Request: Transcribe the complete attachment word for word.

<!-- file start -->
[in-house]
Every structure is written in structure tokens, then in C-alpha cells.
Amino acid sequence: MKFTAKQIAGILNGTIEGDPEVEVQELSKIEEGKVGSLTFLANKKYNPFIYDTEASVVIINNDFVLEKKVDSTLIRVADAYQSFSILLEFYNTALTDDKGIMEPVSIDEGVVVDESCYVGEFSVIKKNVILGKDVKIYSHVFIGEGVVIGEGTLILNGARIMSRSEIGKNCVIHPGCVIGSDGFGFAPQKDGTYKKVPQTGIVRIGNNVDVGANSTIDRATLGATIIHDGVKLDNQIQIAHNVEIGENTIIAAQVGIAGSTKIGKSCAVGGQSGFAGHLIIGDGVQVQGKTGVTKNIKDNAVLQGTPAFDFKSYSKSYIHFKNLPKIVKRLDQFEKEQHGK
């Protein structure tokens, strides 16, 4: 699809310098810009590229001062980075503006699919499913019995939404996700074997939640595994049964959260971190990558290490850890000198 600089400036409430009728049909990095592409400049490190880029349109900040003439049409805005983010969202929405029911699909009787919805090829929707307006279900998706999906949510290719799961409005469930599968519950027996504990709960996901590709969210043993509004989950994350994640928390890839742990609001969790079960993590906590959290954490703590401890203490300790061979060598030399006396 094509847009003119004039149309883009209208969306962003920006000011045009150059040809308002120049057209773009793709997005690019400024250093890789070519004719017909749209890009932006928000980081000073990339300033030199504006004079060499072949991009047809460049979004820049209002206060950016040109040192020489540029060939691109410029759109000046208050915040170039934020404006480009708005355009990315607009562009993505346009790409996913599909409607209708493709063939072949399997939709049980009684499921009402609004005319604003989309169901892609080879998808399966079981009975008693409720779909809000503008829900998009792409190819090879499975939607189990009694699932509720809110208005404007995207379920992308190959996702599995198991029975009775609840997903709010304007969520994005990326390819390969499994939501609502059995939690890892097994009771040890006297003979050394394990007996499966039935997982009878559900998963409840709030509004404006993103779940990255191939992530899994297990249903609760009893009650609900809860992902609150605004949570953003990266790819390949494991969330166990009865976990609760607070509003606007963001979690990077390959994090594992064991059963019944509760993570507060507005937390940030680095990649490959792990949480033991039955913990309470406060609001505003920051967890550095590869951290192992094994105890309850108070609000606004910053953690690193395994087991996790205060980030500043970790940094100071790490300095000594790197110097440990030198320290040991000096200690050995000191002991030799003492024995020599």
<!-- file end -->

[in-house]
Every structure is written in structure tokens, then in C-alpha cells.
Amino acid sequence: MKFTAKQIAGILNGTIEGDPEVEVQELSKIEEGKVGSLTFLANKKYNPFIYDTEASVVIINNDFVLEKKVDSTLIRVADAYQSFSILLEFYNTALTDDKGIMEPVSIDEGVVVDESCYVGEFSVIKKNVILGKDVKIYSHVFIGEGVVIGEGTLILNGARIMSRSEIGKNCVIHPGCVIGSDGFGFAPQKDGTYKKVPQTGIVRIGNNVDVGANSTIDRATLGATIIHDGVKLDNQIQIAHNVEIGENTIIAAQVGIAGSTKIGKSCAVGGQSGFAGHLIIGDGVQVQGKTGVTKNIKDNAVLQGTPAFDFKSYSKSYIHFKNLPKIVKRLDQFEKEQHGK
């Protein structure tokens, strides 16, 4: 699809310098810009590229001062980075503006699919499913019995939404996700074997939640595994049964959260971190990558290490850890000198 600089400036409430009728049909990095592409400049490190880029349109900040003439049409805005983010969202929405029911699909009787919805090829929707307006279900998706999906949510290719799961409005469930599968519950027996504990709960996901590709969210043993509004989950994350994640928390890839742990609001969790079960993590906590959290954490703590401890203490300790061979060598030399006396 094509847009003119004039149309883009209208969306962003920006000011045009150059040809308002120049057209773009793709997005690019400024250093890789070519004719017909749209890009932006928000980081000073990339300033030199504006004079060499072949991009047809460049979004820049209002206060950016040109040192020489540029060939691109410029759109000046208050915040170039934020404006480009708005355009990315607009562009993505346009790409996913599909409607209708493709063939072949399997939709049980009684499921009402609004005319604003989309169901892609080879998808399966079981009975008693409720779909809000503008829900998009792409190819090879499975939607189990009694699932509720809110208005404007995207379920992308190959996702599995198991029975009775609840997903709010304007969520994005990326390819390969499994939501609502059995939690890892097994009771040890006297003979050394394990007996499966039935997982009878559900998963409840709030509004404006993103779940990255191939992530899994297990249903609760009893009650609900809860992902609150605004949570953003990266790819390949494991969330166990009865976990609760607070509003606007963001979690990077390959994090594992064991059963019944509760993570507060507005937390940030680095990649490959792990949480033991039955913990309470406060609001505003920051967890550095590869951290192992094994105890309850108070609000606004910053953690690193395994087991996790205060980030500043970790940094100071790490300095000594790197110097440990030198320290040991000096200690050995000191002991030799003492024995020599």